FRANCK ROBICHON

Many airbag airheads are knowingly driving a death traps

I KNOW a woman who is willingly driving a death trap. She's been ignoring her Takata recall letters for months now, seemingly unconcerned that she, and her passengers, risk being killed or maimed by the car's airbags.

It's been a year since Takata airbag recall began, and to date around 2.8 million of them have been replaced. By anyone's standards it's significant progress, but it still leaves about a million to go.

That's largely because some owners are still dragging their feet by refusing to co-operate with the recall. You'd think the potential consequences would be enough to persuade any reasonably intelligent person to take the matter seriously - but it hasn't. The mind boggles.

Recently the Queensland Government announced it would look at suspending registrations of unrepaired cars. "I suppose I'll have to get it fixed if they do that,” my friend said.

Now that reaction shouldn't really surprise me. The car hasn't been serviced for years because it's too inconvenient, and the disruption of having the airbag replaced is obviously, to her mind, far more significant than being killed by it. Insert dramatic eyeroll.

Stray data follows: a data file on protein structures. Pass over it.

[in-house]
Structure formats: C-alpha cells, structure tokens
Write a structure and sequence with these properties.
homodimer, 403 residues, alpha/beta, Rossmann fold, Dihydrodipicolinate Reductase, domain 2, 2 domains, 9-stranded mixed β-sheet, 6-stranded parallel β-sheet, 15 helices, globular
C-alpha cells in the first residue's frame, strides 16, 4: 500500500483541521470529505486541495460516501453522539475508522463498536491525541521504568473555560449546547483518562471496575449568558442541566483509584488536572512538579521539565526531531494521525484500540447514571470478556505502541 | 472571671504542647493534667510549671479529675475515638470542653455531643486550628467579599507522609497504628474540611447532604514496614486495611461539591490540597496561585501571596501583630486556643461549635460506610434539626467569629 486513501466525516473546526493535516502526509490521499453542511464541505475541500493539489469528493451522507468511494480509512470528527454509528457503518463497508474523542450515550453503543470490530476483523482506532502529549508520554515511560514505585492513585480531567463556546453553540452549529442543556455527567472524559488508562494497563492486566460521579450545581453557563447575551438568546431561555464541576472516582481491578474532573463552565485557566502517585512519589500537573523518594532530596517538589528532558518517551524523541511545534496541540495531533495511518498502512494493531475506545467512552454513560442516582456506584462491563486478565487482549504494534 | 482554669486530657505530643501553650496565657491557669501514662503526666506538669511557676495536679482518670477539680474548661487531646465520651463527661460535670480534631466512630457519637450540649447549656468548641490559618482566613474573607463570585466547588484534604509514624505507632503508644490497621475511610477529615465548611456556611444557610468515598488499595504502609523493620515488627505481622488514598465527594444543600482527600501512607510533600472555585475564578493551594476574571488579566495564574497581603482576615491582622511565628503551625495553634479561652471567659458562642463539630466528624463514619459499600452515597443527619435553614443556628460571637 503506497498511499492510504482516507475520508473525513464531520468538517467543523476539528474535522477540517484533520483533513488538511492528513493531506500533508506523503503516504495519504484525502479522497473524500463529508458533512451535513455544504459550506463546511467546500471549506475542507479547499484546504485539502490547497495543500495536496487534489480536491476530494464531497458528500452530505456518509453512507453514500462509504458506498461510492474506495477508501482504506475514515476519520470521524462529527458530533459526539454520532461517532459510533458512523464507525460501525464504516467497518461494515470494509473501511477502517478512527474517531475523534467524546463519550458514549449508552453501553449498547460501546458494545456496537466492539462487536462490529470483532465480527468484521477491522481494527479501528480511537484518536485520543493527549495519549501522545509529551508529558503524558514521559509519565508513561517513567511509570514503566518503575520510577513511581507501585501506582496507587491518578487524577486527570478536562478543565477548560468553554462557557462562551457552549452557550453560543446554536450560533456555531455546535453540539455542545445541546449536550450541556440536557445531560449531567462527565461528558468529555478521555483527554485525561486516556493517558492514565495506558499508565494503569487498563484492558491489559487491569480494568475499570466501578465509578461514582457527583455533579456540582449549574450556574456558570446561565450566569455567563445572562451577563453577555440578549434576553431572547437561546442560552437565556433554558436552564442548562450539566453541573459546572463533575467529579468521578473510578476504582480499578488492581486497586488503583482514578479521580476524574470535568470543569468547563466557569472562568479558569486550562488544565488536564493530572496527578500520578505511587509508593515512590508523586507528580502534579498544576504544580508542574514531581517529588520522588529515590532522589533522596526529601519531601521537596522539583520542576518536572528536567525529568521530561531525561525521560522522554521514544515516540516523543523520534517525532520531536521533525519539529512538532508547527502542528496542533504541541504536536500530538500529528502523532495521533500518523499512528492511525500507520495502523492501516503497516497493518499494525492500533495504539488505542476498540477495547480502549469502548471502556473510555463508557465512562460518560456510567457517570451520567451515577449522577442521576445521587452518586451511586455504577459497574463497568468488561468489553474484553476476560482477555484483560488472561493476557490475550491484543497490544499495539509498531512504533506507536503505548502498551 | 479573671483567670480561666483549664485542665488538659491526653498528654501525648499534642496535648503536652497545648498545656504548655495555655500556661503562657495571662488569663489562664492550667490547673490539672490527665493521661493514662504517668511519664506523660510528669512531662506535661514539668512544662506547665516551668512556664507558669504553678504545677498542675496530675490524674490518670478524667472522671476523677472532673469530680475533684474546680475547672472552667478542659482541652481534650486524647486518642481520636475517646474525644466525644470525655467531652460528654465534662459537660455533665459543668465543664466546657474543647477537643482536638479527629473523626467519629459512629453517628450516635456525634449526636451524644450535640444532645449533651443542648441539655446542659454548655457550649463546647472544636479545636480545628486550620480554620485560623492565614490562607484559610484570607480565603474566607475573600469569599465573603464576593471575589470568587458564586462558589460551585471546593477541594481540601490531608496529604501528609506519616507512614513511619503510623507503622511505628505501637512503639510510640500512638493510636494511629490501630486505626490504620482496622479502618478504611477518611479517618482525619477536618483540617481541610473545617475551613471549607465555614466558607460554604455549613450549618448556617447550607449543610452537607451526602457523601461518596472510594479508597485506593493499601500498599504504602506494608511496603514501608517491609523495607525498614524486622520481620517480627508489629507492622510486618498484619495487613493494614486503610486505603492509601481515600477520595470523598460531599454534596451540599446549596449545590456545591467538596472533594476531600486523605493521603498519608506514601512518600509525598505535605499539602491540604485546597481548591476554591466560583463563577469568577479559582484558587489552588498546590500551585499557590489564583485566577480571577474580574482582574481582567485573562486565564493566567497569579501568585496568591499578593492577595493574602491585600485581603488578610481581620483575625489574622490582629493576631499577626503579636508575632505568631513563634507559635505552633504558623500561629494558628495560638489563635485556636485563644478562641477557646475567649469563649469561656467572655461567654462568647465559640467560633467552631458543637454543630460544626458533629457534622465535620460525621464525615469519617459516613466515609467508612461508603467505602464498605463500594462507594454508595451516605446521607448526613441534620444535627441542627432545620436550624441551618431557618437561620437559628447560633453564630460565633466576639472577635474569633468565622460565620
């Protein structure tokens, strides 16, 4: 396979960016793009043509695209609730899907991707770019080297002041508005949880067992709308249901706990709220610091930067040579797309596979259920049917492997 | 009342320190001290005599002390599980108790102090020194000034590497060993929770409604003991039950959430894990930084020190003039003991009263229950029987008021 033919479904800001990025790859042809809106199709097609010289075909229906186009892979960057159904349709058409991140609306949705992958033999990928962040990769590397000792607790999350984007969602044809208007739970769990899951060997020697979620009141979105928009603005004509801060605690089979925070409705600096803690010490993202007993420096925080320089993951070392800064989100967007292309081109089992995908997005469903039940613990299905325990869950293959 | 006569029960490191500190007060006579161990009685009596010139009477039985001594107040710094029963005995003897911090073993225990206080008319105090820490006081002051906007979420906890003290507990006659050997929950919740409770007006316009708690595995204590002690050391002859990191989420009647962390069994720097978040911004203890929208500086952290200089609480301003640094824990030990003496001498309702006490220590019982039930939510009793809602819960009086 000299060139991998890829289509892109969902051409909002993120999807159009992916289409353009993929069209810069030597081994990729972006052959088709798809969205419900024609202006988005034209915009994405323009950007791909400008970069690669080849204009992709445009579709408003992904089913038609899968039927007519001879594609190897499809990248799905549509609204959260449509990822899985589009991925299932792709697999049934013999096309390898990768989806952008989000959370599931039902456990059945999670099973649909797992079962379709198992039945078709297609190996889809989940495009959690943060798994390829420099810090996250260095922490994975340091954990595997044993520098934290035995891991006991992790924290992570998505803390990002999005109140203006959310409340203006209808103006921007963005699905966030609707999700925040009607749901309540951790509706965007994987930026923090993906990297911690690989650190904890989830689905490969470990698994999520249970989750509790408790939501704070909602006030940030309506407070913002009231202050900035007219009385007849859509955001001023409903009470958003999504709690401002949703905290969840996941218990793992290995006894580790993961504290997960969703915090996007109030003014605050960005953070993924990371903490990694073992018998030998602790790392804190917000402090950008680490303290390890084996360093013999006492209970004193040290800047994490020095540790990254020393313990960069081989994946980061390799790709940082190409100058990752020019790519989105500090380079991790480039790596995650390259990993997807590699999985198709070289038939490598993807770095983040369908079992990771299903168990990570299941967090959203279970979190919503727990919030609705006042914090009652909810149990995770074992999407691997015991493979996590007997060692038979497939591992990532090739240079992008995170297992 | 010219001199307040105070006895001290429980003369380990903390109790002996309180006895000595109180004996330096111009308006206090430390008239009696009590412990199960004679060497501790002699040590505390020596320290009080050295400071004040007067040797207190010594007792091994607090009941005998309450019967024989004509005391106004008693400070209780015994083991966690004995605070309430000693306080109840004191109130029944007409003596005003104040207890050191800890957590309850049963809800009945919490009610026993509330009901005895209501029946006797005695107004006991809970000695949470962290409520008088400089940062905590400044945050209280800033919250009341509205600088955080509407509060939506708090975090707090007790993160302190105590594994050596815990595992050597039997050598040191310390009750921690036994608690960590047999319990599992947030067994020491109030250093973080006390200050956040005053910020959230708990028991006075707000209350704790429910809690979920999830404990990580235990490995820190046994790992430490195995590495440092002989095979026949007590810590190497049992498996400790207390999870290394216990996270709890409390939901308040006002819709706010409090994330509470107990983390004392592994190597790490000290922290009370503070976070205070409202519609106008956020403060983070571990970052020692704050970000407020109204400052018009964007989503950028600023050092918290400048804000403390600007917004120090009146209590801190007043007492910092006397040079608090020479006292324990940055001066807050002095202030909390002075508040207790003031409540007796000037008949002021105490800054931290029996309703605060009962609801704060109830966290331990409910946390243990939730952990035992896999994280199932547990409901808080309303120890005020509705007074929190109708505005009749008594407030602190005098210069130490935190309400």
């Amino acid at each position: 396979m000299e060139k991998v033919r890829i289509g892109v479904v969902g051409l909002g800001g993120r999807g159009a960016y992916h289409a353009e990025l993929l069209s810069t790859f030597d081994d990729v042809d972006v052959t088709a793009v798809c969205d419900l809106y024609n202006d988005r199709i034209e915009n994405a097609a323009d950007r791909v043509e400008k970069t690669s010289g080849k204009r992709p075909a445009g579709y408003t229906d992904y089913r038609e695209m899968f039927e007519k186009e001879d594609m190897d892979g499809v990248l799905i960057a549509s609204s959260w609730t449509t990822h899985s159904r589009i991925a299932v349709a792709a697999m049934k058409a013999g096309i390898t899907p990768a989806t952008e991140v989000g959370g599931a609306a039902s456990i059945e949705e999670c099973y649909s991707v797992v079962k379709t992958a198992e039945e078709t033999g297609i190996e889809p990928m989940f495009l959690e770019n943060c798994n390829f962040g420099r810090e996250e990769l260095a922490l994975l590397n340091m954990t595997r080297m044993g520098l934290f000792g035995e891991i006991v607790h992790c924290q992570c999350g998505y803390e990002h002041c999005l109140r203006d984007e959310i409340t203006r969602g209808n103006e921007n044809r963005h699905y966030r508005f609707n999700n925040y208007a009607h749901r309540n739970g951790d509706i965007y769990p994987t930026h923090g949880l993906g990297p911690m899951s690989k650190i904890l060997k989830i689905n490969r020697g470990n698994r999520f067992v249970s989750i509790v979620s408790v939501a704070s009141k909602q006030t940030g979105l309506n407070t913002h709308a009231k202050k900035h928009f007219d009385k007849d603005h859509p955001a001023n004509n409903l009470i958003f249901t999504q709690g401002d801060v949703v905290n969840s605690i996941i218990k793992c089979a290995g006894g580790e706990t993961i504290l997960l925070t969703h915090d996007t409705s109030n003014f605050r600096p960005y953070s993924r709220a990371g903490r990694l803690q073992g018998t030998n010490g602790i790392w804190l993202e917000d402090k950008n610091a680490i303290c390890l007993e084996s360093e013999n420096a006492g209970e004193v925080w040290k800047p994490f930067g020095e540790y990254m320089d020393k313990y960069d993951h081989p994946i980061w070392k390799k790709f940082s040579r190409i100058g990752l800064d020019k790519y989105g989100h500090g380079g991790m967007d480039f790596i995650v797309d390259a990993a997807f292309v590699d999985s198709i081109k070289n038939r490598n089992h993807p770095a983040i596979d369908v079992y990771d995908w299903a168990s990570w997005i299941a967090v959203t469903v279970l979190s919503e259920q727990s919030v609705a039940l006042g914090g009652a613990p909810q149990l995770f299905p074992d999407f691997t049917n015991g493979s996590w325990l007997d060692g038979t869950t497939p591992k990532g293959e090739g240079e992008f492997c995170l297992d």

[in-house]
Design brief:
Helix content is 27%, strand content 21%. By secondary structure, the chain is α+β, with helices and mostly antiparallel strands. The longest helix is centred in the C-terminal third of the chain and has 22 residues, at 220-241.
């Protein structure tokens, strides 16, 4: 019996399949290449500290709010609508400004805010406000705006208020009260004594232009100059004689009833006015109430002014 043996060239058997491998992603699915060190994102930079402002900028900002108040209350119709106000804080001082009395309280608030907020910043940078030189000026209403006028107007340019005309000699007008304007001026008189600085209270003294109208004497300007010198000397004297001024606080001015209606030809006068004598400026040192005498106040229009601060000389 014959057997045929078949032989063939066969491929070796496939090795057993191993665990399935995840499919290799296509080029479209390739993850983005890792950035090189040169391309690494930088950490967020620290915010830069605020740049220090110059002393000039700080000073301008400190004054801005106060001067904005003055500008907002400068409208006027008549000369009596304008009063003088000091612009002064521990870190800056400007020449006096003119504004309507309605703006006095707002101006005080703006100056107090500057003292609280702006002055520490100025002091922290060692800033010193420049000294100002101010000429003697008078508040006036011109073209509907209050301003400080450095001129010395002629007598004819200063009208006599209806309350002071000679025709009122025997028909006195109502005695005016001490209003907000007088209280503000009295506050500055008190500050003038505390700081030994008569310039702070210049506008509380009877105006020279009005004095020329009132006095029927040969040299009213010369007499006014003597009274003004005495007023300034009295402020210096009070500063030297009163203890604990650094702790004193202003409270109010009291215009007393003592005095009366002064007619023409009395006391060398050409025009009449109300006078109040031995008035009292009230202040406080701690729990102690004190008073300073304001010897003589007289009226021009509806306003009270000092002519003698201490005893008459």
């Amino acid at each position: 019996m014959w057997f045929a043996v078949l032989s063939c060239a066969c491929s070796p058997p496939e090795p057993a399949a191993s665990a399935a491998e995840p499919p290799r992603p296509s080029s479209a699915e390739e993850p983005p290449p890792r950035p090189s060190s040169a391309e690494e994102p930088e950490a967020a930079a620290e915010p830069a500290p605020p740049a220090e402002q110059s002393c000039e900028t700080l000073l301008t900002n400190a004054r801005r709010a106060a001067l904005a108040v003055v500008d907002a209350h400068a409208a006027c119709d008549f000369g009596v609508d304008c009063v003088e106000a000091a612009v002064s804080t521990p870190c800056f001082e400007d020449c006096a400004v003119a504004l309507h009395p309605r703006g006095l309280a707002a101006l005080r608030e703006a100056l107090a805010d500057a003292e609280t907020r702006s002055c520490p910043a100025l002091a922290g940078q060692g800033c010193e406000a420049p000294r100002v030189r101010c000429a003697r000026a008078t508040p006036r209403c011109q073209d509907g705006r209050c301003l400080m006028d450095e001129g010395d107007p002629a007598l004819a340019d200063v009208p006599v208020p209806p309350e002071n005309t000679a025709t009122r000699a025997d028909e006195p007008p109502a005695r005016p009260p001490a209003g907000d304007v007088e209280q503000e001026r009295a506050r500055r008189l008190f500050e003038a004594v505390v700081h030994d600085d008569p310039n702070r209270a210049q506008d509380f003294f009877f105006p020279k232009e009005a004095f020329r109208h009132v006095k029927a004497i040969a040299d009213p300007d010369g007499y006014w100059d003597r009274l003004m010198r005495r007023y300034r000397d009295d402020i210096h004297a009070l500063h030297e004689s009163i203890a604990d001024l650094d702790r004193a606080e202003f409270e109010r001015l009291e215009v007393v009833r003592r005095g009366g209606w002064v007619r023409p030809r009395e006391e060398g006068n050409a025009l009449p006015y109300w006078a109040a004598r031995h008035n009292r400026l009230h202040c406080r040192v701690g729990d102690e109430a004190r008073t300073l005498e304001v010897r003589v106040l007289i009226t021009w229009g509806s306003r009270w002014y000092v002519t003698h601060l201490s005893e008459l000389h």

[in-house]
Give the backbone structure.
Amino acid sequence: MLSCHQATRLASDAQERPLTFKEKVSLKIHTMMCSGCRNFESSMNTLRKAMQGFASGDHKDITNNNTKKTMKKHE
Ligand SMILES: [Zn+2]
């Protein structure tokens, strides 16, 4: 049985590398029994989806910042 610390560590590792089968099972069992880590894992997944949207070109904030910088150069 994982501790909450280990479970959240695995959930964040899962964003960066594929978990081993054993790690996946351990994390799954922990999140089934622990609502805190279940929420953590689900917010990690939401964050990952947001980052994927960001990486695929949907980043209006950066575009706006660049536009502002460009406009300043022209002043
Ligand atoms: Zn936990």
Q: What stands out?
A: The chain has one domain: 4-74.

What more can I say? I'm hoping by embarrassing her in this column she'll get the push she needs. It's tough, yes, but it may just safe her life.



Russell Robertson promises to fight for Capricornia

premium_icon Russell Robertson promises to fight for Capricornia

Labor candidate for Capricornia to restore principles of a fair go

Great great grandpa's medals make it home for Anzac Day

premium_icon Great great grandpa's medals make it home for Anzac Day

When Mrs Hawk lost the medals, she was understandably devastated.

No Adani, no $12 million tower for Rockhampton

premium_icon No Adani, no $12 million tower for Rockhampton

Future of the mining sector to decide project's fate